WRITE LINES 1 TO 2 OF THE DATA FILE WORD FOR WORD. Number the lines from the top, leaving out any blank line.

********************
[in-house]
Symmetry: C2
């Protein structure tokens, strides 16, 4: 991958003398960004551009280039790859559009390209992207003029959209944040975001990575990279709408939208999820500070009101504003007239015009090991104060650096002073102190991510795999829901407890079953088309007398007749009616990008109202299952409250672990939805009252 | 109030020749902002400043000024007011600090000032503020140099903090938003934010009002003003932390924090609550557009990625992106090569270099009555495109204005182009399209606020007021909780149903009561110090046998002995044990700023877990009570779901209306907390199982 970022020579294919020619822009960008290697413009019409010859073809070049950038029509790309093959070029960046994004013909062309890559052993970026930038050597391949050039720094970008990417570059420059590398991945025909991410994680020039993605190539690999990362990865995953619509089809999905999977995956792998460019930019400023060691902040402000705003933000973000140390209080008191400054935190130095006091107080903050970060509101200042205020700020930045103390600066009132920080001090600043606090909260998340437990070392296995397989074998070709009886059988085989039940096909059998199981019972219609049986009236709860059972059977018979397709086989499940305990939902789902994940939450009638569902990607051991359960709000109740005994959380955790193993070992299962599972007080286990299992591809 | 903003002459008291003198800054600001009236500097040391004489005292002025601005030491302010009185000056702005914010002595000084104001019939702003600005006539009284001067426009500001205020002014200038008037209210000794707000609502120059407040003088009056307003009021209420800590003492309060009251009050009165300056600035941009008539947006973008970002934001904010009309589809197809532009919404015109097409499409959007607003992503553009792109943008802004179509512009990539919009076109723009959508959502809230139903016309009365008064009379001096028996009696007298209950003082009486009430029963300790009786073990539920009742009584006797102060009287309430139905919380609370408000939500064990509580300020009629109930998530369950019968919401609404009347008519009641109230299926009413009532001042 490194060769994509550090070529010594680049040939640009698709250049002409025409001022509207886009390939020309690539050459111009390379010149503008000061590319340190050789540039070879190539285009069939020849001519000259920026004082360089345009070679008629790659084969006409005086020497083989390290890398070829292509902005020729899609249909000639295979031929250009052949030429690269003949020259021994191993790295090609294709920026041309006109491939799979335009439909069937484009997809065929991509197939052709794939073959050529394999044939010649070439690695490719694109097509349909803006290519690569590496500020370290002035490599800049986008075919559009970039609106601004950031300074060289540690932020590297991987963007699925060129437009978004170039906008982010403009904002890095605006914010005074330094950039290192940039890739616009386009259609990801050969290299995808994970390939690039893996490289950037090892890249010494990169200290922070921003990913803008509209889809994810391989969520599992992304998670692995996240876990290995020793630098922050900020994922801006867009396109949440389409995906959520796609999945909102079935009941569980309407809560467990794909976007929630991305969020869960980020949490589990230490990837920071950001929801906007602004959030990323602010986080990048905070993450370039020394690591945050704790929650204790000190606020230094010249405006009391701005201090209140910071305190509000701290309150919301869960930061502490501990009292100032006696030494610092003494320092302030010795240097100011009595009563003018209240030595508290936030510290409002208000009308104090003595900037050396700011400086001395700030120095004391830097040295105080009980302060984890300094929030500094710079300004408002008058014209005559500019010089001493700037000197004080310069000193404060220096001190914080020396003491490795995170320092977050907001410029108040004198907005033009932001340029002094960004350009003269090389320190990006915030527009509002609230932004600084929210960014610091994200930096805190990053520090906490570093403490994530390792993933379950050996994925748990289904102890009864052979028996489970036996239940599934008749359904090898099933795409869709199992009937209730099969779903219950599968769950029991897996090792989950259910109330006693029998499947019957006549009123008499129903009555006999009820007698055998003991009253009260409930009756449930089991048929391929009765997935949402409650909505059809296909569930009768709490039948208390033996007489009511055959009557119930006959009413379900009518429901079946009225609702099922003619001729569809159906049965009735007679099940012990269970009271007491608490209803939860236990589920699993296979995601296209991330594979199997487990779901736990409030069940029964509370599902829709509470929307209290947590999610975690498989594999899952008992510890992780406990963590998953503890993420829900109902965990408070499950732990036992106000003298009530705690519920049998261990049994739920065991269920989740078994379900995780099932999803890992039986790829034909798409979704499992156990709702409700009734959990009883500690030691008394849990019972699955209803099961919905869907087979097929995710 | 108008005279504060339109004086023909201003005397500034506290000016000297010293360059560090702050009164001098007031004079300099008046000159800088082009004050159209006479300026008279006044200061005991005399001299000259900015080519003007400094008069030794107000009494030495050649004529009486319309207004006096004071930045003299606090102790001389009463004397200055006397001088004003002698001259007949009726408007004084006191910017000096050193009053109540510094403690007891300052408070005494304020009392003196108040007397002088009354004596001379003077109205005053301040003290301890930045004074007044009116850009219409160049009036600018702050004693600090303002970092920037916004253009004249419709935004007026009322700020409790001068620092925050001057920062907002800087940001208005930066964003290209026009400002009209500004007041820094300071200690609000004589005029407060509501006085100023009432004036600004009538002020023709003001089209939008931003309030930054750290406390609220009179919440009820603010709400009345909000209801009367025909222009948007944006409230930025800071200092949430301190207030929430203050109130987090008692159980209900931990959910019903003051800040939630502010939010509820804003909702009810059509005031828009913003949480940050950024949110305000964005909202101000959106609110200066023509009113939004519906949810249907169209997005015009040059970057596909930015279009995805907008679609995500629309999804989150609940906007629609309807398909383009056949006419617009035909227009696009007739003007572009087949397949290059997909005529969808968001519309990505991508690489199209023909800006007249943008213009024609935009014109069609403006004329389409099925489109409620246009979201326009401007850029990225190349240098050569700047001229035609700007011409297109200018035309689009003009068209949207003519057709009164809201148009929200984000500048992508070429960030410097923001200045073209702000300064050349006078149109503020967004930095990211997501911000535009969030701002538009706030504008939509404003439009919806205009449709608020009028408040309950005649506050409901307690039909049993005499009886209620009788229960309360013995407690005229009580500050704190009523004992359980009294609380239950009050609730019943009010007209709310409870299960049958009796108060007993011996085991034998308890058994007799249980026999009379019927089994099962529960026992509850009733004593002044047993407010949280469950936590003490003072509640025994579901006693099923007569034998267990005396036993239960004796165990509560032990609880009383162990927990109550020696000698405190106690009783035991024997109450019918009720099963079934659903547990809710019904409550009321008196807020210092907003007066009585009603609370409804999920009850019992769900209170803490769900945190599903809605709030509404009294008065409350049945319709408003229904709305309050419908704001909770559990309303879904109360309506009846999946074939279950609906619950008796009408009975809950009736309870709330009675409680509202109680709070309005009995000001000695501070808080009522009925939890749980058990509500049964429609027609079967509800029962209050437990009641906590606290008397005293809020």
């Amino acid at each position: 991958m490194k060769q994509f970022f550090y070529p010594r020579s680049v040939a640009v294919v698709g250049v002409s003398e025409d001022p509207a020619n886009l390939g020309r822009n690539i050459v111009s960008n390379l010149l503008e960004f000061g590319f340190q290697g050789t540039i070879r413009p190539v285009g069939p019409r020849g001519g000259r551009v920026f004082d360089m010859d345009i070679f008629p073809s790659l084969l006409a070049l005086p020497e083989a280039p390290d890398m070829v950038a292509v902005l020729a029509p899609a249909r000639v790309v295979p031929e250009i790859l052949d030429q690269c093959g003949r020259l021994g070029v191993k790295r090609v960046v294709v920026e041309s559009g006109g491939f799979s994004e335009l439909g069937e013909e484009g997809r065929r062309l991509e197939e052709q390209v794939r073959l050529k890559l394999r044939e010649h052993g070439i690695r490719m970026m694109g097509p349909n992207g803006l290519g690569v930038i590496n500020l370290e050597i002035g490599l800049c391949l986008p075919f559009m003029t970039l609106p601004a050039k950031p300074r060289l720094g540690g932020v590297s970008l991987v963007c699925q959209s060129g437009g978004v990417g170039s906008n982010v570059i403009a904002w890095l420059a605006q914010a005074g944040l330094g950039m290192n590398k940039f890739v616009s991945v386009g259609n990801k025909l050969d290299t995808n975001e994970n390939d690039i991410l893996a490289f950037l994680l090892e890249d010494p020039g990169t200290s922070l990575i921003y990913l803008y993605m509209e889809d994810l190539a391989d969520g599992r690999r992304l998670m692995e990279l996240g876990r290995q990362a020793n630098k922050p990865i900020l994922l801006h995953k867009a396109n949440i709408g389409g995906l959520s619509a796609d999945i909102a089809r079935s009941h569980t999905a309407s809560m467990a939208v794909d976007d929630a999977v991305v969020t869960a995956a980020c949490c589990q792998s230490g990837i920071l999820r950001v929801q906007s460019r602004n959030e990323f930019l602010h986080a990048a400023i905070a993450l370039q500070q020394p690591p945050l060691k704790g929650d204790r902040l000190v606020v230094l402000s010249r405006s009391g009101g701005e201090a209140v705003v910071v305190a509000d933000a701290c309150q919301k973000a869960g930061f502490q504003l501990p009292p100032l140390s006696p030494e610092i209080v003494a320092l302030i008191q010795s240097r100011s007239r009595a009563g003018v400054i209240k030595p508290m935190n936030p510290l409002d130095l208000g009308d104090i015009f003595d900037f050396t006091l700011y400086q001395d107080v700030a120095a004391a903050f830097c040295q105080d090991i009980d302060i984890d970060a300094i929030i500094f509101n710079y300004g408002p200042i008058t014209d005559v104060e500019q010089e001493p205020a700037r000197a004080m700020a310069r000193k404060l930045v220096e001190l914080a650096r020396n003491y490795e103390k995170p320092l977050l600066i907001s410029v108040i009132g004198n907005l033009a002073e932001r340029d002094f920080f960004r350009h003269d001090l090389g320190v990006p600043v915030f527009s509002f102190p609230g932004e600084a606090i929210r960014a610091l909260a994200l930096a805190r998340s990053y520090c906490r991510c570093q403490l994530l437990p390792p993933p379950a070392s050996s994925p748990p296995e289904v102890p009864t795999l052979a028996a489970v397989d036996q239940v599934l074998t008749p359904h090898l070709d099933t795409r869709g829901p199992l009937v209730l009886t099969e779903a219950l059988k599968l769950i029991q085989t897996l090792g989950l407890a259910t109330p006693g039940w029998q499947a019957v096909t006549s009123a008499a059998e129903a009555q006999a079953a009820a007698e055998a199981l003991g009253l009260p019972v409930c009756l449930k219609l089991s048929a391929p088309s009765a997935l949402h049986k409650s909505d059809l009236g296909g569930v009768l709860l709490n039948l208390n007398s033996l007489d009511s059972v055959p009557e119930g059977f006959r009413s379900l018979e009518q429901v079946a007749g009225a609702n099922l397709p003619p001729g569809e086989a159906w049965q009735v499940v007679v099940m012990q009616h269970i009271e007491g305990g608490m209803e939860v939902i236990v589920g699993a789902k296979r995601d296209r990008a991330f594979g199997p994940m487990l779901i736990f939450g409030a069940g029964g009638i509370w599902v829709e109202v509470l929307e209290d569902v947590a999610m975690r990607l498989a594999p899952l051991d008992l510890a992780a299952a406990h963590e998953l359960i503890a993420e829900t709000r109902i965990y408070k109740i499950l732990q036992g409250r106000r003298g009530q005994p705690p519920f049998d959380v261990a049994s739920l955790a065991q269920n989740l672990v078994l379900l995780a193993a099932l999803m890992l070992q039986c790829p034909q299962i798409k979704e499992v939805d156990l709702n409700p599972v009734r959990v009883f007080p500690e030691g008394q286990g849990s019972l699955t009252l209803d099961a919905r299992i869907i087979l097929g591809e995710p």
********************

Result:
[in-house]
Symmetry: C2